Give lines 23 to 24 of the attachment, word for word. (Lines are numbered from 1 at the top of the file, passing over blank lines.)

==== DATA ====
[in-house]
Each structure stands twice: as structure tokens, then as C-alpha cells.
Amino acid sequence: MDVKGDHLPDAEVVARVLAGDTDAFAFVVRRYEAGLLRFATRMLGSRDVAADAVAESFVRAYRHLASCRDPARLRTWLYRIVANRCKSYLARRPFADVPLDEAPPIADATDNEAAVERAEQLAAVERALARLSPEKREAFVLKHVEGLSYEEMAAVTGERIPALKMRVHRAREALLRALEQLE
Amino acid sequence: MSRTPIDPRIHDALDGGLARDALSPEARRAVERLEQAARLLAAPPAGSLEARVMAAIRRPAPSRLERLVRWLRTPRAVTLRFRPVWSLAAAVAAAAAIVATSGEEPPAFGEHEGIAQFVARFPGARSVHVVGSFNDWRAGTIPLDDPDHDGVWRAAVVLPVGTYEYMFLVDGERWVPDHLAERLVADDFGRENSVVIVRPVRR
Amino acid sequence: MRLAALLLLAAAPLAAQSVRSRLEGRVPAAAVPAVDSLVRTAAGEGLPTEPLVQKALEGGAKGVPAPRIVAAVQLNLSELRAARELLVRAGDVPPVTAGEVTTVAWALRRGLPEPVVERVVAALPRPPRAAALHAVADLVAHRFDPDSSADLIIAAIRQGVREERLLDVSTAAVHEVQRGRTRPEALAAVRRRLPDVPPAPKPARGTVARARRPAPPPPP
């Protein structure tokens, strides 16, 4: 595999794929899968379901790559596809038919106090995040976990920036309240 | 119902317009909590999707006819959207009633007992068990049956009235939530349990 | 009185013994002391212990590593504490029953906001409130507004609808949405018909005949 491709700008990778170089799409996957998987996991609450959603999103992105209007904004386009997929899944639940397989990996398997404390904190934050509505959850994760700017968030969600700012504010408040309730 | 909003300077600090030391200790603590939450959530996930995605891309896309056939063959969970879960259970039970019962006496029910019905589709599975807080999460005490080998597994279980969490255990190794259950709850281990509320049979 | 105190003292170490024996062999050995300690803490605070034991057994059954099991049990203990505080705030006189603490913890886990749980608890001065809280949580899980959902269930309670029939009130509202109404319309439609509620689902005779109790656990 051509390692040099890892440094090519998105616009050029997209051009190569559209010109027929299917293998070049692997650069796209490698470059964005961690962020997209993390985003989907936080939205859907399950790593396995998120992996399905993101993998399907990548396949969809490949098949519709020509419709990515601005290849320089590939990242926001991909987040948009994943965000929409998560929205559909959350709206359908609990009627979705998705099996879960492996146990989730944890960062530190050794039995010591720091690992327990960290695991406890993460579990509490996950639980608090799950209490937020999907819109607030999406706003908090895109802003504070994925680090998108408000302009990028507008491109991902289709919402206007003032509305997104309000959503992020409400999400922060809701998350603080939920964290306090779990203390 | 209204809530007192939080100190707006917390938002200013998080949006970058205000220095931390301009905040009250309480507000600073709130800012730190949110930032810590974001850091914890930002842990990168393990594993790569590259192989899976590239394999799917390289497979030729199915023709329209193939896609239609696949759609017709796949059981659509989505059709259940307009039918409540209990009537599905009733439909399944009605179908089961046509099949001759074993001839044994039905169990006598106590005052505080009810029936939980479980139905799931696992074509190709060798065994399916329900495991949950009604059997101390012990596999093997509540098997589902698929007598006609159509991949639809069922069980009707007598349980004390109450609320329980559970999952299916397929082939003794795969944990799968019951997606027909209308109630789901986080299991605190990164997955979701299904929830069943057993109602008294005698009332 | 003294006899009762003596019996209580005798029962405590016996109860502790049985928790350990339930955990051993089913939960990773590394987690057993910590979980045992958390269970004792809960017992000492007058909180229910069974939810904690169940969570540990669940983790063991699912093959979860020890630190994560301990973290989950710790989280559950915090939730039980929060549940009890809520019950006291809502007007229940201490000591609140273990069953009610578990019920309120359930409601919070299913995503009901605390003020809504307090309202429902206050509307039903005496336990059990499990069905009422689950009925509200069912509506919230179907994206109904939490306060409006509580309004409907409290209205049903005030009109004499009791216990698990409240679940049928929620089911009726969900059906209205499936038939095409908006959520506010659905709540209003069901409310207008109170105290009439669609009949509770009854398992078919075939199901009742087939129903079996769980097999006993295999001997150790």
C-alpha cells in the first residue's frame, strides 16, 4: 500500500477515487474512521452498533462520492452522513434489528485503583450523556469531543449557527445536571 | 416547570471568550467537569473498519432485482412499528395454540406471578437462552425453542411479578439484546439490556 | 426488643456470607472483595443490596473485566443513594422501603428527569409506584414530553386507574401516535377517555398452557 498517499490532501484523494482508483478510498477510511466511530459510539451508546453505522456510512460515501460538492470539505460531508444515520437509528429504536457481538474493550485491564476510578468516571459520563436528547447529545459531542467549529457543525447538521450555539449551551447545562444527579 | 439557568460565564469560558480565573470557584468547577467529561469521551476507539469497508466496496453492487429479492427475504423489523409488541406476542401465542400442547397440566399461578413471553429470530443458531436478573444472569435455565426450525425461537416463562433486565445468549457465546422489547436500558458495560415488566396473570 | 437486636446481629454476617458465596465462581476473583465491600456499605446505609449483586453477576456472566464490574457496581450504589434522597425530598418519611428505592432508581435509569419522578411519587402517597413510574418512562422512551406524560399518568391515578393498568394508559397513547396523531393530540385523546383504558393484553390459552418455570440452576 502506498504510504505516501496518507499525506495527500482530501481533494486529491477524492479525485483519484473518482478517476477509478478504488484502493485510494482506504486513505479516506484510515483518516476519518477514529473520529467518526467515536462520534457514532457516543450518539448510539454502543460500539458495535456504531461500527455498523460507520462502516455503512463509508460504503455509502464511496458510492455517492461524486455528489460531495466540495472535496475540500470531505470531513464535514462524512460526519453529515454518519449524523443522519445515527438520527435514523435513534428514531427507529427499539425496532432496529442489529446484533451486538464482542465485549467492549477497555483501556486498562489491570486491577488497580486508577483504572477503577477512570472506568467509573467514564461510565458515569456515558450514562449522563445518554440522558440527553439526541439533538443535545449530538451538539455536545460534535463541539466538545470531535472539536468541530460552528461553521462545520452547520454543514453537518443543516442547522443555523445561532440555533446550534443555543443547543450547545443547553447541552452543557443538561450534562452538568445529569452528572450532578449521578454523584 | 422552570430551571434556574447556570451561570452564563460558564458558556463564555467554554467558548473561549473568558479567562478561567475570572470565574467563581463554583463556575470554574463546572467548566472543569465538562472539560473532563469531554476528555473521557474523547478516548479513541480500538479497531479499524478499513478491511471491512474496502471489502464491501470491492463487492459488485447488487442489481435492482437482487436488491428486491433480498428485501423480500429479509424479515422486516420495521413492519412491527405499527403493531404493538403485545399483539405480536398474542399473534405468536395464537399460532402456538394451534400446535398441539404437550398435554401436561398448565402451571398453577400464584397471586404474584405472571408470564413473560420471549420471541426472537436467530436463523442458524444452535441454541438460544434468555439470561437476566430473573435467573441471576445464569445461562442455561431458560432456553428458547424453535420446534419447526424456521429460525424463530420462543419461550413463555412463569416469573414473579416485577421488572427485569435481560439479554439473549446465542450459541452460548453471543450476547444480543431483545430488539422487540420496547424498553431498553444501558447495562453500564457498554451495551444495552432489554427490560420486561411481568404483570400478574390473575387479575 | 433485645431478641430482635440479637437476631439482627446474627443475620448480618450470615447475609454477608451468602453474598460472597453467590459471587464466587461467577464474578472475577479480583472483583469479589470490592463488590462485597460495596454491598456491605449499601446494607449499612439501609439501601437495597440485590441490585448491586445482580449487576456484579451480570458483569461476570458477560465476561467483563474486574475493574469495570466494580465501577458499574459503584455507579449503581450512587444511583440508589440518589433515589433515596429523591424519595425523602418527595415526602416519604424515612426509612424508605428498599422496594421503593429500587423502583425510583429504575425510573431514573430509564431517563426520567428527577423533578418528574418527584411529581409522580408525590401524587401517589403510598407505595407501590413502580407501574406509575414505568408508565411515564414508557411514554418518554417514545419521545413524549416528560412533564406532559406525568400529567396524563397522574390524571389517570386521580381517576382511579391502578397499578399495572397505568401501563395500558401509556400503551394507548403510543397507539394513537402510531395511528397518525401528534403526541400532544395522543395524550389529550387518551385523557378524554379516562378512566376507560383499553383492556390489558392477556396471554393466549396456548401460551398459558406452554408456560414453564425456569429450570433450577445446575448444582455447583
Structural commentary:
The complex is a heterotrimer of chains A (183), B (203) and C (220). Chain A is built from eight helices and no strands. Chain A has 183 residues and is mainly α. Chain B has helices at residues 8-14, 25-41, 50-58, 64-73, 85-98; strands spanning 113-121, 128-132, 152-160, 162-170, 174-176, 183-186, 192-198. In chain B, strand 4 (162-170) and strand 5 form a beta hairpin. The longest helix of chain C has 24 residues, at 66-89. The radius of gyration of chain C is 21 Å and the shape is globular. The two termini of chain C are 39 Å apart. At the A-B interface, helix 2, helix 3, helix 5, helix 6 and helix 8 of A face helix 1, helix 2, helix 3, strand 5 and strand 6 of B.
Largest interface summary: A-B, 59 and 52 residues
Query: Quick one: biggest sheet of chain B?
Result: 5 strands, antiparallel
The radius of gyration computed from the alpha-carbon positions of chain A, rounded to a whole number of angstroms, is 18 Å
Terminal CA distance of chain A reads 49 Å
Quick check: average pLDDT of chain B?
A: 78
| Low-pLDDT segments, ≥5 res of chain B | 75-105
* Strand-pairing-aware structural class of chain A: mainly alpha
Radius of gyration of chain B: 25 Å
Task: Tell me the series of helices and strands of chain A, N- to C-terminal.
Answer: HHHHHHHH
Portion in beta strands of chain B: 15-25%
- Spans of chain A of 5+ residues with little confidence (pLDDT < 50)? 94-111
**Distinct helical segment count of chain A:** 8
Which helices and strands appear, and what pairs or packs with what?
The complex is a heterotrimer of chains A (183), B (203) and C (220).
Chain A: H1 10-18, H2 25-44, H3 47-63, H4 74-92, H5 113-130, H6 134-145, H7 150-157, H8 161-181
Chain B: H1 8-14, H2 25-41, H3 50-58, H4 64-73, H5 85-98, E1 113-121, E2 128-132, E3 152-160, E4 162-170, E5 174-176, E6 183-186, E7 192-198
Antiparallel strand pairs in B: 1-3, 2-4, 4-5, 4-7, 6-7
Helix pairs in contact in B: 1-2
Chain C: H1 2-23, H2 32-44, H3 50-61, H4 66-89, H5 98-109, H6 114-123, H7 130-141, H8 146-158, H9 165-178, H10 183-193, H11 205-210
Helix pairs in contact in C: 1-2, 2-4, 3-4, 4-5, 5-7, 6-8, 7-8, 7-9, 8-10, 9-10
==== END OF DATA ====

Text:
- Spans of chain A of 5+ residues with little confidence (pLDDT < 50)? 94-111
**Distinct helical segment count of chain A:** 8